How to: Measure success of an HRBP

measure-success.jpgLogic dictates that if the definition of an HRBP varies across organizations, the measures of success would too. In this post, I will place measures against the ideal (debatable, I know) HBRP role I talked about earlier. However, I suspect it can cut across most HRBP roles and maybe for all for of HR too. The finer aspects may differ but the broad buckets are applicable irrespective of the roles. Mind you, this post does not give you a scorecard. However, it will help you develop one as suited to your needs.

As an HR Business Partner, your impact can be classified into three broad buckets:

Business:

The business or sets of businesses that an HRBP supports are the biggest and most important stakeholders. HRBPs exist because business does. The biggest measure of success in this bucket is “How good a consultant are you to the business?” You may consider this as the output metric.

Some questions that one must answer (input metrics) to evaluate success are:

  • How well do you know the business – key priorities, challenges, trends, etc.?
  • How much do you know about the top talent and the bottom performers?
  • How well do you enable your business teams to adapt to change?
  • How often have you been able to spot dogs not barking before they became challenges?
  • How many recommendations made by you find their way to implementation?
  • Are you invited to the weekly staff meeting and looked upon for inputs?
  • How do your business leaders rate you as a partner?

HR:

As an HR Business partner, you work closely with other departments within HR and have equal responsibility to play the role of a consultant to them. The output metrics here is similar to the one in the business bucket – “How good a consultant are you to the HR centers of excellence (COEs)?”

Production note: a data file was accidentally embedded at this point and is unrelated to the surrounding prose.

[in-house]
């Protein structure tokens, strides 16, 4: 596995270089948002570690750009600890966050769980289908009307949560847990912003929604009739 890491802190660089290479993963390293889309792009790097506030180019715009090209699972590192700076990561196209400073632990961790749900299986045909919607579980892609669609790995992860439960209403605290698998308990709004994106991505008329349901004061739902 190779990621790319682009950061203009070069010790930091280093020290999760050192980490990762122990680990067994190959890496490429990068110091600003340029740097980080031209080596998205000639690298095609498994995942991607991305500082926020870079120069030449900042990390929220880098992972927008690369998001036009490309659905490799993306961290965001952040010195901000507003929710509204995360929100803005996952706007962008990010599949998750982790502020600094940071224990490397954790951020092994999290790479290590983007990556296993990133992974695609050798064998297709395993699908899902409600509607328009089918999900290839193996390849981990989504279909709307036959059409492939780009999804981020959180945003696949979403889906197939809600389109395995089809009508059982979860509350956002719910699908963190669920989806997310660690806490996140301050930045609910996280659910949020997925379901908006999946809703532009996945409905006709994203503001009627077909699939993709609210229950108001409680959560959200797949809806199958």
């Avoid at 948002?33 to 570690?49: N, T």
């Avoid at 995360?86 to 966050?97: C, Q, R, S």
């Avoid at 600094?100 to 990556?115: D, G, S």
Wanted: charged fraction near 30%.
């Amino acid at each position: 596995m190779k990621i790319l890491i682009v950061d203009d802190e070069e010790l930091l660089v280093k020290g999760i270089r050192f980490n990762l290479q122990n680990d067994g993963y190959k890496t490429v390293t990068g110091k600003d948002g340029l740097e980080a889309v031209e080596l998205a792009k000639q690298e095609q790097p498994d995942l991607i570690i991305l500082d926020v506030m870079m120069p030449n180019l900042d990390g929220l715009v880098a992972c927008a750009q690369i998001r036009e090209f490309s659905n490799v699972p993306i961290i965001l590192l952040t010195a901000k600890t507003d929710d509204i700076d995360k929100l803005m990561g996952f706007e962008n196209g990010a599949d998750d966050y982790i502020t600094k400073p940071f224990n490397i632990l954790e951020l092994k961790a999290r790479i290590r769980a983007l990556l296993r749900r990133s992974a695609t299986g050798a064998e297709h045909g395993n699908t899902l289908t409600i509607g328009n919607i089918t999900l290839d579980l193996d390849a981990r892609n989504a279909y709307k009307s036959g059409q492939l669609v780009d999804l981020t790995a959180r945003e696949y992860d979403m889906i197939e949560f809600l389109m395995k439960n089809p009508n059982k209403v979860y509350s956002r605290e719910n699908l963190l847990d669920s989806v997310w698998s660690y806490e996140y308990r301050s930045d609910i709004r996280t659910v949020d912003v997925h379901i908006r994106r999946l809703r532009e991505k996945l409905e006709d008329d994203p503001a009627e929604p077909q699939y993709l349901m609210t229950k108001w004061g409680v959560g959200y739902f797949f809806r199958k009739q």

Some questions that will serve as input metrics are:

  • How many times do the COEs reach out to you for advice?
  • How much implementable advice have you given these teams?
  • How have you reduced dependency on yourself for these teams to operate seamlessly?
  • How many operational excellence inputs have you provided them?
  • Do you work in partnership with them for projects?
  • How do the COEs rate you as a partner?

Innovation

The third bucket that is a key measure to success is innovation. Not the little ones that you do to help the business or HR community but green field experiments, think big ideas that may or may not yield fruit. However, when they do, they provide exponential benefits to either business, HR or both. This deserves a bucket of its own even though there may be an overlap with the first two. These necessarily audacious, big hairy experiments push the boundaries of how HR delivers value. The single question you should be asking here is – “How big an experiment did you set in motion?”

Some may say that business impact trumps all others. I disagree. As a kickass HR Business Partner, it is your responsibility to exemplify impact across every single bucket. Anything less than that, I would assess you as mediocre and if your impact is restricted only to one bucket, poor. Print it, paste it on your wall; do what you must. Just promise that you will strive to measure yourself against all of the three buckets above. That is the only way to measure success.

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